Litzman considers vaccinations as requirement for public schools

90% of the cases reported this year resulted from people who had not been vaccinated or come into contact with un-vacinated persons, the ministry said.

By JERUSALEM POST STAFF
August 30, 2018 14:32
2 minute read.
vaccine syringe

Vaccine syringe. (photo credit: INGIMAGE)

 
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The Health Ministry is considering setting vaccination as a requirement for entry into public schools, the ministry confirmed on Thursday.

Deputy Health Minister Ya’acov Litzman (UTJ) wrote a letter in a mid-August to Health Ministry Director-General Moshe Bar Siman Tov, according to Ynet, in which he suggested vaccinations as a prerequisite for entry into schools.

The Health Ministry urged parents to vaccinate their children ahead of the upcoming school year, scheduled to begin September 2. The ministry said 262 people were diagnosed of measles, as of August 26th, compared to just nine in all of 2016 and 33 in 2017. The ministry cited a trio of reasons for the high number: the increasing number of people in the United States and Europe who choose not to vaccinate their children, unvaccinated tourists vising the country and residents who elected not to vaccinate.

“We reiterate the need to maintain regular immunizations, especially before the start of the school year,” said the ministry in a statement on its website.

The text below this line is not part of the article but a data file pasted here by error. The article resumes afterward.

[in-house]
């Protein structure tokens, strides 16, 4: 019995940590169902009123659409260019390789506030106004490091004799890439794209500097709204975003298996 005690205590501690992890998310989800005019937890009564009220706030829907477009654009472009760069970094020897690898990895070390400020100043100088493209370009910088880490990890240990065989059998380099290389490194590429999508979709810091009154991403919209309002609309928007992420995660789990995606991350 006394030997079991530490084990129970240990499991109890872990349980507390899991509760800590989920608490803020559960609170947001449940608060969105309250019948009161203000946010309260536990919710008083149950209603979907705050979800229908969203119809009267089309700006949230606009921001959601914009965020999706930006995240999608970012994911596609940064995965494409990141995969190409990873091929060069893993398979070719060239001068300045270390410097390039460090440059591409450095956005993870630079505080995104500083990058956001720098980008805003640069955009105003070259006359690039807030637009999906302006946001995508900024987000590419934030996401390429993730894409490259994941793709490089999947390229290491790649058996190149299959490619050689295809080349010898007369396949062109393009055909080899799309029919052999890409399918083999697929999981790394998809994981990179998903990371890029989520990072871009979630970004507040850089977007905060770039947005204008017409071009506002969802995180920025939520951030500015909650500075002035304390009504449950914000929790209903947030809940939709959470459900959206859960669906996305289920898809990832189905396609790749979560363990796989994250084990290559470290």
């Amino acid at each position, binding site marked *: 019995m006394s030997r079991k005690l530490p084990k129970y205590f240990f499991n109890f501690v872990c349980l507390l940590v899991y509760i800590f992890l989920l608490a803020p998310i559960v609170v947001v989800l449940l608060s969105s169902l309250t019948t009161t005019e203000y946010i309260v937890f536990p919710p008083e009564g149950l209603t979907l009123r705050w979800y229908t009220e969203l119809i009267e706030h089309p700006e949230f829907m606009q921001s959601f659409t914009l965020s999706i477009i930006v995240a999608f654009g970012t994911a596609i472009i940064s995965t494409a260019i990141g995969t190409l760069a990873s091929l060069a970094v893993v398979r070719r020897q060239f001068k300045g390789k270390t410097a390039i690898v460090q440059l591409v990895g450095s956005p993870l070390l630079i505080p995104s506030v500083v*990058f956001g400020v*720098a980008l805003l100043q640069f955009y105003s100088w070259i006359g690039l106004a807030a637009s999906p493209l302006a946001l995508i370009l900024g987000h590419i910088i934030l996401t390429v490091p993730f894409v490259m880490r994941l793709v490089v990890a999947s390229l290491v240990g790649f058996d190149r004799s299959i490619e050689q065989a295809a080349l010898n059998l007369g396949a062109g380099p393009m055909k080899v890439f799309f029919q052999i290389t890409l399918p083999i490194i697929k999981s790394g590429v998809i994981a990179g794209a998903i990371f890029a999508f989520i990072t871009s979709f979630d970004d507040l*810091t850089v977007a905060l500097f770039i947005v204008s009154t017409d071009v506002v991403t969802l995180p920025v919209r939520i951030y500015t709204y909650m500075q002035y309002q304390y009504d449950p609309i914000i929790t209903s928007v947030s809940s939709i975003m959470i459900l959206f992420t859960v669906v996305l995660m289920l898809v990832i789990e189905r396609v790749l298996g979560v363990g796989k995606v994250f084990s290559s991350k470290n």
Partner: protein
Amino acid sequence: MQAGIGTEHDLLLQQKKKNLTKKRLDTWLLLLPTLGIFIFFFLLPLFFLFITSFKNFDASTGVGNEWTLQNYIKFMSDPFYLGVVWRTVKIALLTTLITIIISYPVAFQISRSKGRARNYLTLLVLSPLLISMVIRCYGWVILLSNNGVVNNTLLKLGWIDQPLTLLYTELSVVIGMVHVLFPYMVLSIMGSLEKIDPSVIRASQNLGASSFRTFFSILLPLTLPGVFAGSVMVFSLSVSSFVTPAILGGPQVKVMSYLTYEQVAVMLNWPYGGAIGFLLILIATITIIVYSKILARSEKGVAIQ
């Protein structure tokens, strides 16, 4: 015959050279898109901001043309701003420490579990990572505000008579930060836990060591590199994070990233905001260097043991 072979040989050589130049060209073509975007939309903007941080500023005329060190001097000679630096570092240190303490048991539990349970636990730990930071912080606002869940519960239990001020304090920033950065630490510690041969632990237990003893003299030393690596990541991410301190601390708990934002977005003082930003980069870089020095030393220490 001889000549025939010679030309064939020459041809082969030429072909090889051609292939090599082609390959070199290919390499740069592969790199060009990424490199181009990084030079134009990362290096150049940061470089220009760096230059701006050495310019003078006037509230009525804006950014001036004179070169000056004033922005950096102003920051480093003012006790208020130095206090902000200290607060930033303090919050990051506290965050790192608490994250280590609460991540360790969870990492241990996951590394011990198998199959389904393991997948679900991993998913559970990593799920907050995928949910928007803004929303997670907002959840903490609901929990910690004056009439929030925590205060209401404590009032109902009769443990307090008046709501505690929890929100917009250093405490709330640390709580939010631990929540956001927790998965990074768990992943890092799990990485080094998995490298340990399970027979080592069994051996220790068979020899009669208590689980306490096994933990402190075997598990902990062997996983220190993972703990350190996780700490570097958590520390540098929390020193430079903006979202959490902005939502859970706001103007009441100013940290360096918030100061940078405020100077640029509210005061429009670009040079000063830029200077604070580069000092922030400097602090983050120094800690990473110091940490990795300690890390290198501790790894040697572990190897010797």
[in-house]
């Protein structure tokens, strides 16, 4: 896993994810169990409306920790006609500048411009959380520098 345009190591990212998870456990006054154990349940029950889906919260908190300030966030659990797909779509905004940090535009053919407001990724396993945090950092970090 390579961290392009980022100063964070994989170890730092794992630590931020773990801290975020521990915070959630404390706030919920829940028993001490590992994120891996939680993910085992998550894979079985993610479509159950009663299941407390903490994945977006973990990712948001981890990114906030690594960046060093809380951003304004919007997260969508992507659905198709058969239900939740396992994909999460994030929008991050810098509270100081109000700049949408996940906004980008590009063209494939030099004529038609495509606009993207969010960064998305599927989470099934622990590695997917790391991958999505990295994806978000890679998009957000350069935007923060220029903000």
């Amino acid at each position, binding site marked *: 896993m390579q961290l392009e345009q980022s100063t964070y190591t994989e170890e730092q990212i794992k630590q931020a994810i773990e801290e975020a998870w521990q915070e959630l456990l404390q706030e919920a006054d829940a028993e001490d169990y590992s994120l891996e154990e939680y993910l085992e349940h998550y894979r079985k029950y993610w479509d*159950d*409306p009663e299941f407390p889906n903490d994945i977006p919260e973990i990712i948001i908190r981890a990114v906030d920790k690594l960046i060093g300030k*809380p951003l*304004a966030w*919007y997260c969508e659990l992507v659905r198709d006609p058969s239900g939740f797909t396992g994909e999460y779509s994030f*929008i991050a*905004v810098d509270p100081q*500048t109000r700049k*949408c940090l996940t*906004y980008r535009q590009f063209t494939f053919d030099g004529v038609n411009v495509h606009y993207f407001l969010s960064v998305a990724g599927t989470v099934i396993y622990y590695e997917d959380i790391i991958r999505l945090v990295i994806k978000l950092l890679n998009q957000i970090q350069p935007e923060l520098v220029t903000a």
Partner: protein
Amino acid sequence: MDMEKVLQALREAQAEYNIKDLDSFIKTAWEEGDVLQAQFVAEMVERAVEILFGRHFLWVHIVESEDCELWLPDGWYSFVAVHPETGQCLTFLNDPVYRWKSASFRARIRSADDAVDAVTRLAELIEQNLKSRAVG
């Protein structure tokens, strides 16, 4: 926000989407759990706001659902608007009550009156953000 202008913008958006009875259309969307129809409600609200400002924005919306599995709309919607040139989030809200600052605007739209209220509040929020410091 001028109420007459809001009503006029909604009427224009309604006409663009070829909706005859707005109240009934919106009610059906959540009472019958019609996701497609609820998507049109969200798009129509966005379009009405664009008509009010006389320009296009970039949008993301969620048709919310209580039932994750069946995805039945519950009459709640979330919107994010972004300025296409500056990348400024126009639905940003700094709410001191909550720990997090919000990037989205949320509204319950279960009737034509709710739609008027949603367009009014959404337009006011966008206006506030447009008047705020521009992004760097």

Ninety percent of the cases reported this year resulted from people who had not been vaccinated or came into contact with unvaccinated persons, the ministry said.

“As is known, vaccines are a cornerstone of the prevention of dangerous infectious diseases, and in public health they make a decisive contribution to the health of children and the population in general,” Litzman wrote. “Children who are not vaccinated not only endanger themselves but those around them as well, because they break herd immunity. This risk rises when a child is in an educational setting with other children because of the relative density, the closed spaces and the nature of children.”

Litzman further pointed out immunization rates are generally high in Israel but there has been a recent downward trend, adding the immunization effectiveness is directly proportional to the percentage of population that is vaccinated.


“In some countries, there is a policy that a child who is not properly vaccinated will not be permitted to enter educational frameworks unless he has a documented medical exemption,” he noted.

Litzman wrote in his letter children in Israel who were not vaccinated would likewise need a doctor’s note providing reason.

Measles is one of the most serious infectious diseases. Symptoms of measles typically appear seven to 14 days after a person is infected and can include a high fever, coughing, a runny nose, red or watery eyes and sometimes Koplik spots – tiny white spots – in the mouth which can appear two or three days after the onset of symptoms if it appears at all, the Health Ministry wrote in an email in August.

A similar bill recently proposed in Knesset would keep un-vaccinated children out of schools.

Naomi Grant contributed to this report.

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